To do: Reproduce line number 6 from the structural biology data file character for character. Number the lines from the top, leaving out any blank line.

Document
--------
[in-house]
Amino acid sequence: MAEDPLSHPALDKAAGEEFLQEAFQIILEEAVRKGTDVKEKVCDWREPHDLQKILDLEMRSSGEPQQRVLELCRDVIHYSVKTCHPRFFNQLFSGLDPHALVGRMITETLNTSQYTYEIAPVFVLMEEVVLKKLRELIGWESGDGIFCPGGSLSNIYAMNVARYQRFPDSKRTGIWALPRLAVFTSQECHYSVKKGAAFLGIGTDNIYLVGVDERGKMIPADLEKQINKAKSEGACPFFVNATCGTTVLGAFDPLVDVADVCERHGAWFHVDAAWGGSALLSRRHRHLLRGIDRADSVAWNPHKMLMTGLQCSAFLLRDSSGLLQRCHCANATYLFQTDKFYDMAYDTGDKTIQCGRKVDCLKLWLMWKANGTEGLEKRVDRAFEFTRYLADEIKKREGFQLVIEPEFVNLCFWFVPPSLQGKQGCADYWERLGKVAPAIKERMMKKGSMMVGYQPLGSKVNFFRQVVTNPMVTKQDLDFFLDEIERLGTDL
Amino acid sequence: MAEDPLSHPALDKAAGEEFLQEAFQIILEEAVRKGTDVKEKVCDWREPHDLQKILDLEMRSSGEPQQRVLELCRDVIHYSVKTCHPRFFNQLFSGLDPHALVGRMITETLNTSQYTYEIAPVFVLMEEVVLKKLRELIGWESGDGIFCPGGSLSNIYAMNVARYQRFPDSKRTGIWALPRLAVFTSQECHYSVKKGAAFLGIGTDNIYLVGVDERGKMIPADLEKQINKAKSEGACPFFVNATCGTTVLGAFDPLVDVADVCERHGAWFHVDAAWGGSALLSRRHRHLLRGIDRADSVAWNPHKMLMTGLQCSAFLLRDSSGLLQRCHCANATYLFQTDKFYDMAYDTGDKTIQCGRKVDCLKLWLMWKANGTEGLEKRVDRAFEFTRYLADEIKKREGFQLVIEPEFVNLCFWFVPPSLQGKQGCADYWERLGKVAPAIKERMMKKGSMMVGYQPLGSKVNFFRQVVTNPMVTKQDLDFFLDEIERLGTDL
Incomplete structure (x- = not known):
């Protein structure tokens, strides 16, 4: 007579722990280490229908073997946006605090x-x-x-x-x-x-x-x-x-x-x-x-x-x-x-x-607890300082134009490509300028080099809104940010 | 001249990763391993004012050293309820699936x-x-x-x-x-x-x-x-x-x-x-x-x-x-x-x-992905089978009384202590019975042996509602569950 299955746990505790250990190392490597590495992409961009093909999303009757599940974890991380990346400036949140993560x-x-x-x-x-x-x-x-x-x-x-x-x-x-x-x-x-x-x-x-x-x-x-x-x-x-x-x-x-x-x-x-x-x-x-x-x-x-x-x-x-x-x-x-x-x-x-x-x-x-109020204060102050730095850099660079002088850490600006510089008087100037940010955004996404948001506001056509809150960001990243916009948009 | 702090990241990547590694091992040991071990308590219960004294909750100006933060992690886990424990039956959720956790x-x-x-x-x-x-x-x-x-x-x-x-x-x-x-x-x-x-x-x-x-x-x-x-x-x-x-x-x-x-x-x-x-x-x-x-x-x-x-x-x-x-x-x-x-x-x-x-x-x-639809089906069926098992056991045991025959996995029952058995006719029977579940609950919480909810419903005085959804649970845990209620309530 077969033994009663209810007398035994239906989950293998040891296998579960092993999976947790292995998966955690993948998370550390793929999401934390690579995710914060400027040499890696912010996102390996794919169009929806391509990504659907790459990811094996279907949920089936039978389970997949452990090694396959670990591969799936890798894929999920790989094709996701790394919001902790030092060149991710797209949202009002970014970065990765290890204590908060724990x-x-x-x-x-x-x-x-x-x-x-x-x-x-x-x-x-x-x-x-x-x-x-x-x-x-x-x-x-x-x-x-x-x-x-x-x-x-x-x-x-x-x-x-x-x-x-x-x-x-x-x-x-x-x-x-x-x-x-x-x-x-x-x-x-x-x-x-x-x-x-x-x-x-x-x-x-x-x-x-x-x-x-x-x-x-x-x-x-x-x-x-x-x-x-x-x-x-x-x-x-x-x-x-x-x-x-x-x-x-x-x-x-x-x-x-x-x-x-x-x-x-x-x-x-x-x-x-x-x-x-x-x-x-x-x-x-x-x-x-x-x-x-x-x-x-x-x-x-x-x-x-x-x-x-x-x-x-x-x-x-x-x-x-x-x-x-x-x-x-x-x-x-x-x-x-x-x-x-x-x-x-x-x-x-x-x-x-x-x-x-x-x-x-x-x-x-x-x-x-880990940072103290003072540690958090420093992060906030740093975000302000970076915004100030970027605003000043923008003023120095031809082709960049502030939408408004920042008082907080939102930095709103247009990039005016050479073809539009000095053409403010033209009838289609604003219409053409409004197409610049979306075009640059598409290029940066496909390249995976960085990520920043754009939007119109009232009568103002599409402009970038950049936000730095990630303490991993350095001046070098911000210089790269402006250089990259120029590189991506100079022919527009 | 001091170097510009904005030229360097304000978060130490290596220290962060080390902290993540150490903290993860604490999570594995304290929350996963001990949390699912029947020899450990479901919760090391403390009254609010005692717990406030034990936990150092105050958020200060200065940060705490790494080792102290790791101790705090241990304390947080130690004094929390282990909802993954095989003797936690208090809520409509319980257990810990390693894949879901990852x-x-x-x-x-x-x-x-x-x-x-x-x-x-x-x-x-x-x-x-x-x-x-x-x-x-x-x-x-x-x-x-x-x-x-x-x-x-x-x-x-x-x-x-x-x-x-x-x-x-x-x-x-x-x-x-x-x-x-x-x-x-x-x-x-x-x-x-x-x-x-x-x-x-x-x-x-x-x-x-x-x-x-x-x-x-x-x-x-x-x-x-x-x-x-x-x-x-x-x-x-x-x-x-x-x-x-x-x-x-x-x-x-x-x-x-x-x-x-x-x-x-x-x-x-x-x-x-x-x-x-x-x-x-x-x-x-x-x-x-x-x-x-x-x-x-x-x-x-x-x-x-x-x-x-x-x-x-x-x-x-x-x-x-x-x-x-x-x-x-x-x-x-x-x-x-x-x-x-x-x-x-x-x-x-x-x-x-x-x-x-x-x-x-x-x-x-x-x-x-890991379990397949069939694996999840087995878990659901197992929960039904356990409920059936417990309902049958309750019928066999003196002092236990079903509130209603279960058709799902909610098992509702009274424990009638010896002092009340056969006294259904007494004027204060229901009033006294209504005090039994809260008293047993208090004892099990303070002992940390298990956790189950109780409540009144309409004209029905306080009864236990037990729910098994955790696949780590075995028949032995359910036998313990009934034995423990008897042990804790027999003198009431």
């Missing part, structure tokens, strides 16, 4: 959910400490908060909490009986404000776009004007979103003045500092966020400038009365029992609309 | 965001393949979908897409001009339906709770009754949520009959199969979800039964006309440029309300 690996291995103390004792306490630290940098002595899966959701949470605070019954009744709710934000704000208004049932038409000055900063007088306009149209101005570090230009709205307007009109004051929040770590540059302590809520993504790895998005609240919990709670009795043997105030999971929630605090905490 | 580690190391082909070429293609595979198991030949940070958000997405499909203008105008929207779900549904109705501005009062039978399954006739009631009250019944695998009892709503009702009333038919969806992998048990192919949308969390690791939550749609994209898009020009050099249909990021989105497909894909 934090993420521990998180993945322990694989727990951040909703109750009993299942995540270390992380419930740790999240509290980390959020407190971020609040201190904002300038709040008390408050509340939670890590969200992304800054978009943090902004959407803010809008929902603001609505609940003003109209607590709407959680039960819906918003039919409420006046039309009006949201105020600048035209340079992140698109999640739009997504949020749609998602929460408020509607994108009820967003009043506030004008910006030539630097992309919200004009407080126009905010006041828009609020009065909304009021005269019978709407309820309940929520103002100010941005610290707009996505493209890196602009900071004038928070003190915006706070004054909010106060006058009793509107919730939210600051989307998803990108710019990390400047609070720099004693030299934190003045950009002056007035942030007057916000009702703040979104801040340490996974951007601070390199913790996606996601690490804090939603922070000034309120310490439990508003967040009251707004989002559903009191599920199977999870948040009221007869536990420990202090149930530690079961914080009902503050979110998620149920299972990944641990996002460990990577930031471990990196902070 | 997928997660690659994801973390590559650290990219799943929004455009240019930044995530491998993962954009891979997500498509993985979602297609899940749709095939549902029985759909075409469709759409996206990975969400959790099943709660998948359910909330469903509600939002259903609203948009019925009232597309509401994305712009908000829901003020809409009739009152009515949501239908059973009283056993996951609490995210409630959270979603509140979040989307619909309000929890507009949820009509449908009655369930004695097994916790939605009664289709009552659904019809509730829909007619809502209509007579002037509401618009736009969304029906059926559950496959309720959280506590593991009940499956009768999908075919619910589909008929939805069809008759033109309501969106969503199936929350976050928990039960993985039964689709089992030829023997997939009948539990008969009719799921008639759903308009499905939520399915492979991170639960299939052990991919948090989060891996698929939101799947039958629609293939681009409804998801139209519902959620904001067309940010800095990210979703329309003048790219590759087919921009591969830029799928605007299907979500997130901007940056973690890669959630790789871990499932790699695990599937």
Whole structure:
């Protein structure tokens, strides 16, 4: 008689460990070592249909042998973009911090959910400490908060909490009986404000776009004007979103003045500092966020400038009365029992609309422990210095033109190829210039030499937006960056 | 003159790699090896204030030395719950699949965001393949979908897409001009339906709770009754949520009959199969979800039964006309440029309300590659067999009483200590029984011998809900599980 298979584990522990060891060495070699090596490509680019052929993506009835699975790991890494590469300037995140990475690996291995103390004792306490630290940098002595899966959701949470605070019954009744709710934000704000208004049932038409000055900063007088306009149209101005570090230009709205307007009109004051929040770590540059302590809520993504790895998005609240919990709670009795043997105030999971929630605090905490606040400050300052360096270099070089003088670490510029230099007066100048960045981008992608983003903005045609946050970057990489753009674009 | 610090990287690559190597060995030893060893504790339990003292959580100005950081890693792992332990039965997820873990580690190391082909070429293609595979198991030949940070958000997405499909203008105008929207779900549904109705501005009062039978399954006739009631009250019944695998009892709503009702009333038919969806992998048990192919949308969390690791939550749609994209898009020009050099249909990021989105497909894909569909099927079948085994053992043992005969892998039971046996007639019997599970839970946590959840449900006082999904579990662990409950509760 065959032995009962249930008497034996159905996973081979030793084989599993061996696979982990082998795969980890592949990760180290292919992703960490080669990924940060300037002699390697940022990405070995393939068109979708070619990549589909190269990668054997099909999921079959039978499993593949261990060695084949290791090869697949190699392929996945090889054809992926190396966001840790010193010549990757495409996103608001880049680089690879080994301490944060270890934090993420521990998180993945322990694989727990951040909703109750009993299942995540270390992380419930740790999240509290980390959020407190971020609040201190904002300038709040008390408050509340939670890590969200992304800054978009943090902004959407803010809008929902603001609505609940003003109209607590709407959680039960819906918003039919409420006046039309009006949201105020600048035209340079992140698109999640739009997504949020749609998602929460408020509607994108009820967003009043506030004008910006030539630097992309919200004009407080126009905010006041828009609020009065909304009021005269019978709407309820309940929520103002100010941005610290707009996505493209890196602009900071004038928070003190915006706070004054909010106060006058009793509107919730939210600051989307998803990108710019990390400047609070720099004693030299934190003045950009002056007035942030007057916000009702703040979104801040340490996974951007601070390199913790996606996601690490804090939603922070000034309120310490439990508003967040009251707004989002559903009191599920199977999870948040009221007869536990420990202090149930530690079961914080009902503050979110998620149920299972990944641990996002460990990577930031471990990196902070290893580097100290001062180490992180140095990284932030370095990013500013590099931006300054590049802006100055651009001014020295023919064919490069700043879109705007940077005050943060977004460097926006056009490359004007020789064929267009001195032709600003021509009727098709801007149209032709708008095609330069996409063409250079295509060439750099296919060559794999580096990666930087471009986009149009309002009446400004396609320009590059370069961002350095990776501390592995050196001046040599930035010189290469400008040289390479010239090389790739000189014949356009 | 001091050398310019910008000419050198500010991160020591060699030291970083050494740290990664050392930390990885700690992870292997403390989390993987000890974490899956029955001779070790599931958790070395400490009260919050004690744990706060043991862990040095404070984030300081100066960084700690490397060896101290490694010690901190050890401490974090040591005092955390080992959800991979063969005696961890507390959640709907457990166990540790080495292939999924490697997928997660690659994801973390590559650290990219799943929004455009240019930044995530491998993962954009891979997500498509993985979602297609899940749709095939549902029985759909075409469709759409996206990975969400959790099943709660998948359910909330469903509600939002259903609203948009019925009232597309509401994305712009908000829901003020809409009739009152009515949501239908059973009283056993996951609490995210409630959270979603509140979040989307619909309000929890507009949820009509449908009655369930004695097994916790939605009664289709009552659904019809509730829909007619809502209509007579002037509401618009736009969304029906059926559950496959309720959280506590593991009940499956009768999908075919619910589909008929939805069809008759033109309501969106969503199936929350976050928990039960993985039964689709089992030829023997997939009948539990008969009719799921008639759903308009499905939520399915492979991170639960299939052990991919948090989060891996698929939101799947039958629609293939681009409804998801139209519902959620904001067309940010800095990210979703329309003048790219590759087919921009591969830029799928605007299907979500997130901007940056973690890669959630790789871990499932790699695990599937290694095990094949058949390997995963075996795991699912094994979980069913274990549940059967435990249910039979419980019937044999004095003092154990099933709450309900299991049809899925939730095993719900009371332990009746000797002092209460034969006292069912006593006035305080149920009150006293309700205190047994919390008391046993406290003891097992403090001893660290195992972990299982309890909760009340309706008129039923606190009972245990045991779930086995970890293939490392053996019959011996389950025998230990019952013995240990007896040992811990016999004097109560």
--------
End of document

């Missing part, structure tokens, strides 16, 4: 959910400490908060909490009986404000776009004007979103003045500092966020400038009365029992609309 | 965001393949979908897409001009339906709770009754949520009959199969979800039964006309440029309300 690996291995103390004792306490630290940098002595899966959701949470605070019954009744709710934000704000208004049932038409000055900063007088306009149209101005570090230009709205307007009109004051929040770590540059302590809520993504790895998005609240919990709670009795043997105030999971929630605090905490 | 580690190391082909070429293609595979198991030949940070958000997405499909203008105008929207779900549904109705501005009062039978399954006739009631009250019944695998009892709503009702009333038919969806992998048990192919949308969390690791939550749609994209898009020009050099249909990021989105497909894909 934090993420521990998180993945322990694989727990951040909703109750009993299942995540270390992380419930740790999240509290980390959020407190971020609040201190904002300038709040008390408050509340939670890590969200992304800054978009943090902004959407803010809008929902603001609505609940003003109209607590709407959680039960819906918003039919409420006046039309009006949201105020600048035209340079992140698109999640739009997504949020749609998602929460408020509607994108009820967003009043506030004008910006030539630097992309919200004009407080126009905010006041828009609020009065909304009021005269019978709407309820309940929520103002100010941005610290707009996505493209890196602009900071004038928070003190915006706070004054909010106060006058009793509107919730939210600051989307998803990108710019990390400047609070720099004693030299934190003045950009002056007035942030007057916000009702703040979104801040340490996974951007601070390199913790996606996601690490804090939603922070000034309120310490439990508003967040009251707004989002559903009191599920199977999870948040009221007869536990420990202090149930530690079961914080009902503050979110998620149920299972990944641990996002460990990577930031471990990196902070 | 997928997660690659994801973390590559650290990219799943929004455009240019930044995530491998993962954009891979997500498509993985979602297609899940749709095939549902029985759909075409469709759409996206990975969400959790099943709660998948359910909330469903509600939002259903609203948009019925009232597309509401994305712009908000829901003020809409009739009152009515949501239908059973009283056993996951609490995210409630959270979603509140979040989307619909309000929890507009949820009509449908009655369930004695097994916790939605009664289709009552659904019809509730829909007619809502209509007579002037509401618009736009969304029906059926559950496959309720959280506590593991009940499956009768999908075919619910589909008929939805069809008759033109309501969106969503199936929350976050928990039960993985039964689709089992030829023997997939009948539990008969009719799921008639759903308009499905939520399915492979991170639960299939052990991919948090989060891996698929939101799947039958629609293939681009409804998801139209519902959620904001067309940010800095990210979703329309003048790219590759087919921009591969830029799928605007299907979500997130901007940056973690890669959630790789871990499932790699695990599937």